Ouster threat looms as Speaker Johnson returns to Congress

By Clare Foran and Haley Talbot | CNN

House Speaker Mike Johnson pushed to pass a major foreign aid package over the objections of hardline conservatives. Now, the Louisiana Republican will have to face the fallout.

The House returned to session Monday evening following a weeklong recess after the chamber’s consequential move to pass billions of dollars in aid for Ukraine, Israel and the Indo-Pacific region.

Looming over Johnson this week is the question of whether he will face a vote over his ouster.

The speaker’s decision to move the aid package won significant praise on both sides of the aisle, with many Republicans and Democrats commending Johnson over the assistance to key US allies.

Johnson has defended his leadership in the face of the growing threats, saying that he will not resign and warning that a vote to oust him could cause chaos in the House.

A number of conservatives, however, opposed the legislation — and sending further aid to Ukraine in particular. GOP Rep. Marjorie Taylor Greene of Georgia said that Johnson “betrayed” Republican voters following passage of the foreign aid and has threatened to call a vote on his ouster if he doesn’t resign.

Greene, however, was absent from the Monday evening vote series. CNN has reached out to the congresswoman’s office.

Greene filed a motion to vacate the speaker more than a month ago, but has not yet taken the steps needed to force a vote. So far, two other House Republicans have publicly backed the effort — Reps. Thomas Massie of Kentucky and Paul Gosar of Arizona.

Earlier Monday evening, Johnson told CNN he hasn’t talked to the congresswoman about her motion to vacate.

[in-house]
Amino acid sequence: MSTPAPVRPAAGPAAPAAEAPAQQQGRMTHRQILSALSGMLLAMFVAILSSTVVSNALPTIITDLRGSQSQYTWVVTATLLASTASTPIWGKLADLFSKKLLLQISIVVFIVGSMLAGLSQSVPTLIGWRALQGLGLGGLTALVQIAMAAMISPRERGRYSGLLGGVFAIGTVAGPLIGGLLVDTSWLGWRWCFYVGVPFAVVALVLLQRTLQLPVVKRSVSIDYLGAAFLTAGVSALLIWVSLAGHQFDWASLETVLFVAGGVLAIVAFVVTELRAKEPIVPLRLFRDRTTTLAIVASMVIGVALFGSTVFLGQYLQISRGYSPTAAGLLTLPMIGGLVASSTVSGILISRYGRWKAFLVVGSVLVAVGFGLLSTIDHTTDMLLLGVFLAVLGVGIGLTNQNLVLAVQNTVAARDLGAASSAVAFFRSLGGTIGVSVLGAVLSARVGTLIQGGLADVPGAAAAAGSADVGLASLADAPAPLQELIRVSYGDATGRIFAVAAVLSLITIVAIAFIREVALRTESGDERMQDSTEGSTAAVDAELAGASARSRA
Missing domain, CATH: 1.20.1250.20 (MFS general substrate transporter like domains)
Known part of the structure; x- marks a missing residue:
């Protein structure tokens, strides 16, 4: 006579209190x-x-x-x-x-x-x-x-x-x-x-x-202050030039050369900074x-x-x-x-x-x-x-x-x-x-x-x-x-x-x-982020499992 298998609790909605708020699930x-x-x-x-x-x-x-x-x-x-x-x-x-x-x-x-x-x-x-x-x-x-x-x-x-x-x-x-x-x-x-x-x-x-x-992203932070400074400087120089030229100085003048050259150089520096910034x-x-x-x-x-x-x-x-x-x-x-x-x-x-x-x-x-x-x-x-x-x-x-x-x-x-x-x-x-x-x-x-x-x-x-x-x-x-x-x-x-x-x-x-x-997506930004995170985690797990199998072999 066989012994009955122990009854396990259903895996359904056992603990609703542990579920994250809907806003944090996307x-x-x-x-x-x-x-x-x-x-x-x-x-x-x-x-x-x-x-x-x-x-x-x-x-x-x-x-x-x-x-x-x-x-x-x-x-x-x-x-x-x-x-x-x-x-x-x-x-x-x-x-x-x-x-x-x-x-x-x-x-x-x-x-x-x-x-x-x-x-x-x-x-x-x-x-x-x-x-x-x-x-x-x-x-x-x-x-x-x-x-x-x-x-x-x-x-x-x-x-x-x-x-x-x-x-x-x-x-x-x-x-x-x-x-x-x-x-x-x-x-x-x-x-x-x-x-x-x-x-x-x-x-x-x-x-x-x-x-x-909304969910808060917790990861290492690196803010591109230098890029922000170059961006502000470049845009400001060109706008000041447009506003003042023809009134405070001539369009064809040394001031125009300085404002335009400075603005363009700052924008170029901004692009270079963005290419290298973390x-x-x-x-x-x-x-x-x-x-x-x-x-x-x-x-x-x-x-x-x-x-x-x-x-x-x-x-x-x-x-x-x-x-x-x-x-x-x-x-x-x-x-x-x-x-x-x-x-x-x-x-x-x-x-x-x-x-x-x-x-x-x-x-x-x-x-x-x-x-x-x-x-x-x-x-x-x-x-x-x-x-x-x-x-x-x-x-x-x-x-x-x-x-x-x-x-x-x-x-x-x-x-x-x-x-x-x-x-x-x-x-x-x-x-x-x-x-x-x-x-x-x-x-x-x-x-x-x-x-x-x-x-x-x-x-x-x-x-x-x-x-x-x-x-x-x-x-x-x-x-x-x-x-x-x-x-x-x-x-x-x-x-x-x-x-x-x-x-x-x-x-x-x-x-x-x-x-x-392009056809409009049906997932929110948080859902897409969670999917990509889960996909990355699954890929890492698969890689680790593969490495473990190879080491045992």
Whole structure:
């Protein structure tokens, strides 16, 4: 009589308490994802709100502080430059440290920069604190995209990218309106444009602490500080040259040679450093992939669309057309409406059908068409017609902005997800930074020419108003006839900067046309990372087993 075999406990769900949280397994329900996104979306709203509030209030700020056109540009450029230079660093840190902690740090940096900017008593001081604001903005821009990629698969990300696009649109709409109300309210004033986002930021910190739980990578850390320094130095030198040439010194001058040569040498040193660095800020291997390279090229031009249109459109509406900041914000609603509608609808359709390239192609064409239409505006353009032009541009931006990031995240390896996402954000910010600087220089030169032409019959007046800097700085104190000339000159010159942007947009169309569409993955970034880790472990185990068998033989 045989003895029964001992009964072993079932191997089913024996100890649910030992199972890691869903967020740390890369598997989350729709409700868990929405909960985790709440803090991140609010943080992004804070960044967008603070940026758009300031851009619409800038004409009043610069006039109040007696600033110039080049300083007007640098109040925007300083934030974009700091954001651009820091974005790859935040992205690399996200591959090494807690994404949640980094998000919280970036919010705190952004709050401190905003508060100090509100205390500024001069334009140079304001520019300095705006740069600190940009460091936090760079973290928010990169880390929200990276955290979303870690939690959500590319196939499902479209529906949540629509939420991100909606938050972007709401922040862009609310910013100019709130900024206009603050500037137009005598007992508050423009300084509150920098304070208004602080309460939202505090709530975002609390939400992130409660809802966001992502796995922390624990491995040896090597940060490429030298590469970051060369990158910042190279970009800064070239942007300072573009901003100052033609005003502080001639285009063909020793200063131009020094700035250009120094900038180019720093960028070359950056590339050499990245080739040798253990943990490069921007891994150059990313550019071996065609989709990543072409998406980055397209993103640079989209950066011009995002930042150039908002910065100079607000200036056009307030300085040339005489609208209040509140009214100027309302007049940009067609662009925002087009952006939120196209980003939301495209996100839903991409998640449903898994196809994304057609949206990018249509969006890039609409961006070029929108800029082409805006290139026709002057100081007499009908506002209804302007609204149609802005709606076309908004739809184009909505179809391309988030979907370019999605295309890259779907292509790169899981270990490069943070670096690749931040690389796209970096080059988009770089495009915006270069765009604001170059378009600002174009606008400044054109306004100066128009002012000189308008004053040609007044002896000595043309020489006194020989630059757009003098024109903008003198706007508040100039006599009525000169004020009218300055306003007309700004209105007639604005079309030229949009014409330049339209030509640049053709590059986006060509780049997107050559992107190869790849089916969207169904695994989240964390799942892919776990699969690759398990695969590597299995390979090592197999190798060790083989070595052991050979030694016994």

Greene argued following the House vote on foreign aid that more House Republicans will support her effort to remove Johnson after going home over recess and hearing from their constituents.

It’s still not clear, though, when or whether a vote to decide Johnson’s political fate will come up.

Many Republicans have warned against an ouster vote, fearing it could throw the House GOP conference into chaos yet again and pointing to the contentious weekslong fight for a new speaker after former Speaker Kevin McCarthy was ousted in an unprecedented vote last year as a cautionary tale.

“Listen, as I’ve said many times, I don’t walk around this building being worried about a motion to vacate,” Johnson said in response to a question from CNN after the House passed the foreign aid bills. “I have to do my job. We did. I’ve done here what I believe to be the right thing to allow the House to work its will. And as I’ve said, you do the right thing, and you let the chips fall where they may.”

A floor vote to oust Johnson would require a majority to succeed. If a vote were triggered, a motion to table — or kill — the resolution could be offered and voted on first. That vote would also only require a simple majority to succeed.

As of now, there is a widespread expectation on Capitol Hill that, in the aftermath of the passage of Ukraine aid, enough Democrats would be willing to cross the aisle for Johnson to prevail in such a vote.

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Over the recess, Johnson appeared to be trying to quell conservative opposition by highlighting his support for causes and positions that motivate the GOP base. On Wednesday, he visited Columbia University and called on the university president to resign amid protests on campus during a tense news conference where the crowd repeatedly interrupted the speaker and at times loudly booed him.

The speaker’s visit earned some plaudits from detractors inside the GOP.

GOP Rep. Chip Roy of Texas, who has been publicly critical of Johnson’s leadership, wrote on X: “I’ve had my strong disagreements on spending / foreign aid – but I applaud @SpeakerJohnson for going to Columbia.”

This story has been updated with additional developments.

CNN’s Kit Maher and Lauren Fox contributed to this report.

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